116 posted on 04/11/2011 6:55:05 AM PDT by 0beron
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To: DeoVindiceSicSemperTyrannis; TheOldLady
So...any requests?

Like Partridge Family, Air Supply or maybe one of those awful one-hit wonder things from the 70s like "Wildfire?"

I mean...I'm at work now, but I feel a song coming on later...

117 posted on 04/11/2011 6:58:23 AM PDT by Allegra (Hey! Stop looking at my tagline like that.)
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To: yefragetuwrabrumuy; BenKenobi
Rome did not fall because it adopted Christianity, nor that it lost its morals

you are wrong that they did not have morals. Their morals were based on pride in their position etc.

Rome, truly speaking, if you refer to the Empire, only fell in 1453 -- the "Byzantines" called themselves Romaoi (Romans)

Rome would have fallen after Septimus Severus and the disastrous 2nd century when it had a number of different emperors.

the roots go back to the end of the 5 good emperors, to the last, Marcus Aurelius who made the mistake of leaving the Princep position to his actual son instead of adopting a worthy heir as had done Nerva, Trajan, Hadrian and Antoninus Pius. Commodus was a disaster and when he was assasinated, then came the year of the 5 emperors. This set the position for Severus who bribed his way.

From 193 AD right up until 284 and the reign of Domitian, the Empire was divided, had invasions by Germanics, had numerous barracks emperors who never even entered Rome etc.

Add to this, the problem of the 1st century when the Han Empire of China attacked and pushed the Xiongnu (huns?), who pushed the Scyths/Sarmatians/Alans, who pushed the Slavs out of their lands in the Ukrain, who pushed the Germanics out of their lands in Eastern Germany and Poland, who pushed the Celts, knocking on the doors of the Roman Empire.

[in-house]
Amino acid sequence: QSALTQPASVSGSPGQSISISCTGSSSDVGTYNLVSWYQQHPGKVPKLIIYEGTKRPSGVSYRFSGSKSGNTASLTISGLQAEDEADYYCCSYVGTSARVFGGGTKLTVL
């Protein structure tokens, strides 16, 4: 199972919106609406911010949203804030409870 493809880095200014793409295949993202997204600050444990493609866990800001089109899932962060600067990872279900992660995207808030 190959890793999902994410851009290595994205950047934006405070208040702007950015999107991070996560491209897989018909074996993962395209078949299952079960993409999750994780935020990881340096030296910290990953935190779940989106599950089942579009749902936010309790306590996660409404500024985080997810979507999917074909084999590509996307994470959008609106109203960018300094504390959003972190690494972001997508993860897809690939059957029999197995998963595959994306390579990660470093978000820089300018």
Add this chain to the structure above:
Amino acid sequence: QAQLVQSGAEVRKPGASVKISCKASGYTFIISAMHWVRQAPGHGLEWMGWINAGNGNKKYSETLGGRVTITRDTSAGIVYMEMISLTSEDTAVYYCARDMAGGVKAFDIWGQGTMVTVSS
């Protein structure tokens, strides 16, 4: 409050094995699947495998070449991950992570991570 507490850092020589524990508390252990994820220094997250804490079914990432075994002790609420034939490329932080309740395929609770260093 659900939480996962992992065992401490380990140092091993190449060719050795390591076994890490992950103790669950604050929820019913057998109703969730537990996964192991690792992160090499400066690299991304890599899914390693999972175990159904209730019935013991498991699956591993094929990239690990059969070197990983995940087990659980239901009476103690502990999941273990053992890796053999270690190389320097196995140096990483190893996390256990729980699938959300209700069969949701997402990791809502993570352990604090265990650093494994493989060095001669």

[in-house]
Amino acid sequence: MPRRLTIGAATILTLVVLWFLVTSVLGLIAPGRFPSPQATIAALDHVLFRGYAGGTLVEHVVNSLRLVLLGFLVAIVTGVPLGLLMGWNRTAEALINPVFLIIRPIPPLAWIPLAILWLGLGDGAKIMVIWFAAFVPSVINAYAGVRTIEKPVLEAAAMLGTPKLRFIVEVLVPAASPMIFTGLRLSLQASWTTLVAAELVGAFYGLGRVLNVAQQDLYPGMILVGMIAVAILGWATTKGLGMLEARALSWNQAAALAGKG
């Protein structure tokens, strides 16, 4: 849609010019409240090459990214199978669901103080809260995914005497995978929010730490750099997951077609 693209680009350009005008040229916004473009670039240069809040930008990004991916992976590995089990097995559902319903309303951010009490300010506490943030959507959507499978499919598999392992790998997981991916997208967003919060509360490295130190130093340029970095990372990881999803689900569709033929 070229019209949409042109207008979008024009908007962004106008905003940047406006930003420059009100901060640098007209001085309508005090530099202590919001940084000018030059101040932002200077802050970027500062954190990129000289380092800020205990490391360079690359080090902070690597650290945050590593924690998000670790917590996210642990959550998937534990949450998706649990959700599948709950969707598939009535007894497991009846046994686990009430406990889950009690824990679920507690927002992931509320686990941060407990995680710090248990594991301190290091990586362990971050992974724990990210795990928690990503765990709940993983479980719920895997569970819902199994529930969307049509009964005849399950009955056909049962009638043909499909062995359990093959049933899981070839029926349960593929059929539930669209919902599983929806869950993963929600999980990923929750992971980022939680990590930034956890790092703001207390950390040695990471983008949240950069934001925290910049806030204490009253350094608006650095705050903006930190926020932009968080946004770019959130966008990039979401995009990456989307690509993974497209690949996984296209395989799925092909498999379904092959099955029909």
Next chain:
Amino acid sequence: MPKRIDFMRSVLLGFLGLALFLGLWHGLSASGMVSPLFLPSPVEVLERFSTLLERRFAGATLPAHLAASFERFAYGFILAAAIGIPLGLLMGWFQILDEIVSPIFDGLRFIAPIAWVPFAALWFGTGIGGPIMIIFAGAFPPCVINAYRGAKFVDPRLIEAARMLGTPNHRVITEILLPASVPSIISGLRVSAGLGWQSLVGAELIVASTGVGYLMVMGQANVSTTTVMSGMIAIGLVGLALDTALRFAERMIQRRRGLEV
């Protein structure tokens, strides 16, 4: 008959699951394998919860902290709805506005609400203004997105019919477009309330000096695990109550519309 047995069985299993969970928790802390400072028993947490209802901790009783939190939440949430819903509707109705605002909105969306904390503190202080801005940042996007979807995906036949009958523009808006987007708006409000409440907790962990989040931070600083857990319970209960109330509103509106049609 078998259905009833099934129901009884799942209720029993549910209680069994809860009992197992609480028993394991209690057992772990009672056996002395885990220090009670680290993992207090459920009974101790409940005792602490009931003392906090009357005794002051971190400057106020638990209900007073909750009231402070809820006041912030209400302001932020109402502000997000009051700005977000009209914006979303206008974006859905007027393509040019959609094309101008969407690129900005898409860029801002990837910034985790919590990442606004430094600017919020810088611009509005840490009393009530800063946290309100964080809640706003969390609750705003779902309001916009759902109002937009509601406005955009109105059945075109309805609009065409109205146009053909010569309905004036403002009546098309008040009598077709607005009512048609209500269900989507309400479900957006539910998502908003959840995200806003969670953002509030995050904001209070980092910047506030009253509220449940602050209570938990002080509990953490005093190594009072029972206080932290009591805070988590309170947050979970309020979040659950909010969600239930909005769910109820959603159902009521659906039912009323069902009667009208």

A united Rome under Domitian and Constantine were able to provide a formidable resistance, but Constantine didn't follow Domitian's perfect succession rule (of 2 Augustii and 2 Caesarii) and also moved the imperial capital to Constantinople. Slowly Rome became less important, and by the 400s was a backwater. The Germanics slowly moved in and in many cases were terrified of the ones following them (huns).

Rome the city fell due to the

  1. lack of strong leadership,
  2. Disunity
  3. A tendency of later, weaker rulers to pay off the invaders (which only left them asking for more)
  4. A tendency to move things to the East

118 posted on 04/11/2011 7:03:51 AM PDT by Cronos
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To: Allegra

I would so love to hear something about a fine girl, maybe one who had eyes that could even steal a sailor from the sea.


119 posted on 04/11/2011 7:04:44 AM PDT by Hegewisch Dupa
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To: 0beron

Childish, even by blog pimp standards


120 posted on 04/11/2011 7:07:59 AM PDT by Hegewisch Dupa
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To: Larry Lucido

The only thing I care about is destroying Marxism and promoting Catholicism.


121 posted on 04/11/2011 7:08:14 AM PDT by 0beron
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To: Allegra

How about some Stones? Wild Horses comes to mind. Wildfire is all right too. You will have to go with your muse, I guess.

Anything you sing will sound beautiful, I’m sure. Looking forward to hearing it in your lovely, dulcet voice and your own inimitable style.


122 posted on 04/11/2011 7:09:15 AM PDT by TheOldLady
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To: Cronos
Rome the city fell due to the 1. lack of strong leadership, 2. Disunity 3. A tendency of later, weaker rulers to pay off the invaders (which only left them asking for more) 4. A tendency to move things to the East

Re: 1 Rome had plenty of strong leadership, sometimes too strong.

Re: 2 Sure, when the central government fell because it could no longer levy sufficient troops or depend on its governors because they couldn't be trusted to act with the interests of the State, it became disunited. I think part of it is the familiar problem of the people no l longer trusting their leadership.